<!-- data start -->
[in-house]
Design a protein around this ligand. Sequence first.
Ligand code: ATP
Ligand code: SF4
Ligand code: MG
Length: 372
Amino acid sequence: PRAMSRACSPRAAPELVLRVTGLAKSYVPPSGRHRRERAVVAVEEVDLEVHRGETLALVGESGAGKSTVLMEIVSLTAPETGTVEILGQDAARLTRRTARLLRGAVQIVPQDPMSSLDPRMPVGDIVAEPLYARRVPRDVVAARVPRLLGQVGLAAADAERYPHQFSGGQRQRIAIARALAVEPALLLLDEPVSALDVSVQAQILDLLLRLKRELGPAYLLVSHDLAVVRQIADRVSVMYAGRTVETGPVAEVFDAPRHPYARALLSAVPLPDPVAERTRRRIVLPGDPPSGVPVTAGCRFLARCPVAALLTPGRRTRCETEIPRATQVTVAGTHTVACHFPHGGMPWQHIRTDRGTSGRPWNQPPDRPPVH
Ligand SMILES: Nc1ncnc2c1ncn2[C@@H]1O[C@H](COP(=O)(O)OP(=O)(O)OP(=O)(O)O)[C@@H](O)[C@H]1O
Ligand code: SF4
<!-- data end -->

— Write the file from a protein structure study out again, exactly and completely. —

[in-house]
Design a protein around this ligand. Sequence first.
Ligand code: ATP
Ligand code: SF4
Ligand code: MG
Length: 372
Amino acid sequence: PRAMSRACSPRAAPELVLRVTGLAKSYVPPSGRHRRERAVVAVEEVDLEVHRGETLALVGESGAGKSTVLMEIVSLTAPETGTVEILGQDAARLTRRTARLLRGAVQIVPQDPMSSLDPRMPVGDIVAEPLYARRVPRDVVAARVPRLLGQVGLAAADAERYPHQFSGGQRQRIAIARALAVEPALLLLDEPVSALDVSVQAQILDLLLRLKRELGPAYLLVSHDLAVVRQIADRVSVMYAGRTVETGPVAEVFDAPRHPYARALLSAVPLPDPVAERTRRRIVLPGDPPSGVPVTAGCRFLARCPVAALLTPGRRTRCETEIPRATQVTVAGTHTVACHFPHGGMPWQHIRTDRGTSGRPWNQPPDRPPVH
Ligand SMILES: Nc1ncnc2c1ncn2[C@@H]1O[C@H](COP(=O)(O)OP(=O)(O)OP(=O)(O)O)[C@@H](O)[C@H]1O
Ligand code: SF4